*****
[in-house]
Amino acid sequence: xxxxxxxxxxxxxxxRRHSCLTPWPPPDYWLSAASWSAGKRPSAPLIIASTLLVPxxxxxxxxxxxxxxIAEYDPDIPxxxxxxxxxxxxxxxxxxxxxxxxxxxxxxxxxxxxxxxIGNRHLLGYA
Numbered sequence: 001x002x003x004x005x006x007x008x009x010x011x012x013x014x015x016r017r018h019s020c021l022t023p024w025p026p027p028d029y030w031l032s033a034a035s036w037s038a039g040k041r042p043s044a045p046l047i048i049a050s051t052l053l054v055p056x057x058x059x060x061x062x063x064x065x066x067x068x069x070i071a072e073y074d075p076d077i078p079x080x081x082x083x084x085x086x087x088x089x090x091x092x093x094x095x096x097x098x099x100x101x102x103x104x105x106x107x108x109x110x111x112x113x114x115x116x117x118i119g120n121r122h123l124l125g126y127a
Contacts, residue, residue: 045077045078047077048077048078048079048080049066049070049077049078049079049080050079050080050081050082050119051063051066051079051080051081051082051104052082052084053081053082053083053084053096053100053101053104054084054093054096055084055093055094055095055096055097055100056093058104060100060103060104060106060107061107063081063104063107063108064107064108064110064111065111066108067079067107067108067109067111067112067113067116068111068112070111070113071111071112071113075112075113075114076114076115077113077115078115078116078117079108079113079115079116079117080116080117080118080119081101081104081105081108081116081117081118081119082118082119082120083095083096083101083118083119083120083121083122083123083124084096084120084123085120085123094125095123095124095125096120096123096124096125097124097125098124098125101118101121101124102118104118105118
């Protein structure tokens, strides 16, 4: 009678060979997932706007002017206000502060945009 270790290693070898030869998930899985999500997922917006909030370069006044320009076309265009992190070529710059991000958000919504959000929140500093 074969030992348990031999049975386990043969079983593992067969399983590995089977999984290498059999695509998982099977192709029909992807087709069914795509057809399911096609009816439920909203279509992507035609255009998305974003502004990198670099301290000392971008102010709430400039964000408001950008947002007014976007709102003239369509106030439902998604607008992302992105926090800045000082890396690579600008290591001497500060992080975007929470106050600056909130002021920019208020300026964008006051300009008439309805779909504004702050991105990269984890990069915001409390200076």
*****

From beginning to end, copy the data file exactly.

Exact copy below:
[in-house]
Amino acid sequence: xxxxxxxxxxxxxxxRRHSCLTPWPPPDYWLSAASWSAGKRPSAPLIIASTLLVPxxxxxxxxxxxxxxIAEYDPDIPxxxxxxxxxxxxxxxxxxxxxxxxxxxxxxxxxxxxxxxIGNRHLLGYA
Numbered sequence: 001x002x003x004x005x006x007x008x009x010x011x012x013x014x015x016r017r018h019s020c021l022t023p024w025p026p027p028d029y030w031l032s033a034a035s036w037s038a039g040k041r042p043s044a045p046l047i048i049a050s051t052l053l054v055p056x057x058x059x060x061x062x063x064x065x066x067x068x069x070i071a072e073y074d075p076d077i078p079x080x081x082x083x084x085x086x087x088x089x090x091x092x093x094x095x096x097x098x099x100x101x102x103x104x105x106x107x108x109x110x111x112x113x114x115x116x117x118i119g120n121r122h123l124l125g126y127a
Contacts, residue, residue: 045077045078047077048077048078048079048080049066049070049077049078049079049080050079050080050081050082050119051063051066051079051080051081051082051104052082052084053081053082053083053084053096053100053101053104054084054093054096055084055093055094055095055096055097055100056093058104060100060103060104060106060107061107063081063104063107063108064107064108064110064111065111066108067079067107067108067109067111067112067113067116068111068112070111070113071111071112071113075112075113075114076114076115077113077115078115078116078117079108079113079115079116079117080116080117080118080119081101081104081105081108081116081117081118081119082118082119082120083095083096083101083118083119083120083121083122083123083124084096084120084123085120085123094125095123095124095125096120096123096124096125097124097125098124098125101118101121101124102118104118105118
């Protein structure tokens, strides 16, 4: 009678060979997932706007002017206000502060945009 270790290693070898030869998930899985999500997922917006909030370069006044320009076309265009992190070529710059991000958000919504959000929140500093 074969030992348990031999049975386990043969079983593992067969399983590995089977999984290498059999695509998982099977192709029909992807087709069914795509057809399911096609009816439920909203279509992507035609255009998305974003502004990198670099301290000392971008102010709430400039964000408001950008947002007014976007709102003239369509106030439902998604607008992302992105926090800045000082890396690579600008290591001497500060992080975007929470106050600056909130002021920019208020300026964008006051300009008439309805779909504004702050991105990269984890990069915001409390200076």